Daily take an immune booster.

This first step can be split into a two-prong approach:

Incorporate immune boosters into your daily food routine. Breakfast is an easy way to do this. Grapefruit, orange, cherry and lemon juice are a great place to start. Daily eating citrus works just as well.

Another way to incorporate immune boosters into your daily diet is to increase your use of herbs and spices. Thyme is a great example. I have eggs several times a week, I usually add some fresh thyme. Thyme is very appropriately named. It is great for the thymus gland which shrinks almost down to nothing by age 40, and is responsible for producing our T-cells. T-cells are key to our immune system and our body's aggressive first line of defense. Modern medical doctrine believes that no T-cells are produced by the thymus after puberty. I don't believe it. We were also told it's impossible to regenerate brain cells. We now know that isn't true. In any case, children who are still actively producing T-cells should benefit from adding it to their diet. If you use this herb liberally in your meals several times a week, then you've added immune boosters to your routine.

Take a medicinal aggressive approach to immunity boosting. I practice the above as a lifestyle approach. I've decided due to the threat of a pandemic, to also aggressively strengthen my immune system by daily taking a dropper full of Reishi mushroom tincture. There are a variety of mushrooms noted for their immune strengthening properties. This article breaks down other options you may consider.

Daily sun gaze. (Under no circumstance should you look directly at the sun)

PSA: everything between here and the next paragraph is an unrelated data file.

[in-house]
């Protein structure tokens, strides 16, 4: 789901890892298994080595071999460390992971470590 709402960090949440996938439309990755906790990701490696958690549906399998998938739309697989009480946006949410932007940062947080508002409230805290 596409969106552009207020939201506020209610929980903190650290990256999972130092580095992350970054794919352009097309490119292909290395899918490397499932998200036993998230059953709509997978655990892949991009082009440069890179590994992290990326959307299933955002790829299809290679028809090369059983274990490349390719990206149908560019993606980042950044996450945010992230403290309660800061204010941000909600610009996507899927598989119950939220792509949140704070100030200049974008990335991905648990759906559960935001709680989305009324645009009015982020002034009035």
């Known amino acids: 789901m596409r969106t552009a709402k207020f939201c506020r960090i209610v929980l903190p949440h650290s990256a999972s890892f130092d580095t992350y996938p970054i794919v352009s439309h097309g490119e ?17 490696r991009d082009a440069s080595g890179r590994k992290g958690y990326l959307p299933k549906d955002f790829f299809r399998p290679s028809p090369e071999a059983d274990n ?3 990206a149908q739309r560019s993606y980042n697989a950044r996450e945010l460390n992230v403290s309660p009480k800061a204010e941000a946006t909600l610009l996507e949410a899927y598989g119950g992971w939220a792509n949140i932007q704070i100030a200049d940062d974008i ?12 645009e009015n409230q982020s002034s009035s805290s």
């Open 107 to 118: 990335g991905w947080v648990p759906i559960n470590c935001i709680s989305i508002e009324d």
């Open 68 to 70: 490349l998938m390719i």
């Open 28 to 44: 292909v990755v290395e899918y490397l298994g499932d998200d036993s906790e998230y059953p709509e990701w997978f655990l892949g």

Vitamin D deficiency plays an outsized role in our susceptibility to infection throughout the winter months. Simply standing outside (or even inside by a window) and gazing at the sun for a couple of minutes a day greatly increases the Vitamin D. Proper sun gazing is a must. Sun gazing without damaging your eyes can be accomplished in several ways:

Sun gaze at dawn when the sun is on the horizon and just creeping up. Or at dusk when it is setting.

View the sun through the leaves of a tree, through cloud cover or through a tiny gap between your fingers.

Incorporate nature's antivirals into your daily routine.

Garlic is one of the most powerful food medicines available to humans. It is practically impossible to consume too much garlic so that it is harmful. When cooking savory meals, saute some garlic and add your veggies and meat.

Onions are another powerful food medicine. Some chefs claim that every meal should start with onions. Now is a good time to take this adage to heart.

Honey has been used medicinally for eons. Almost all ancient cultures were known to use it in such a matter. Even the mainstream medical community acknowledges its antibacterial and wound healing properties. But recent studies have confirmed the old wives, tale that it is an antiviral. A recent (2012) study supported by the National Institutes of Health concluded that both manuka and red clover honey have significant antiviral effects.1 If you are using honey for more than sweetening your tea: I recommend purchasing raw honey, manuka honey, red clover honey, or some combination of. Another recent (2014) study of the flu virus concluded that honey in general and manuka honey in particular effectively inhibit viruses from replicating, and concluded it was potent and promising medicinally.2

The viruses studied both the H1N1 Influenza virus and the varicella Zoster Virus (VZV). These viruses are enveloped viruses, they have a layer of protein encasing them, making them difficult to kill. Coronavirus is also an enveloped virus. Honey showing effect on enveloped viruses is very promising. Add it to your diet. Have it on hand in the event of an outbreak.

Ginger is my favorite antiviral and I consume it in some capacity every day. I add raw fresh ginger root to smoothies, juices, my water, and if I break down and have a Vernors, Pepsi, or other type of ginger ale, I add it to them as well.



1 https://www.ncbi.nlm.nih.gov/pmc/articles/PMC3401066/

2 https://www.sciencedirect.com/science/article/abs/pii/S0188440914001106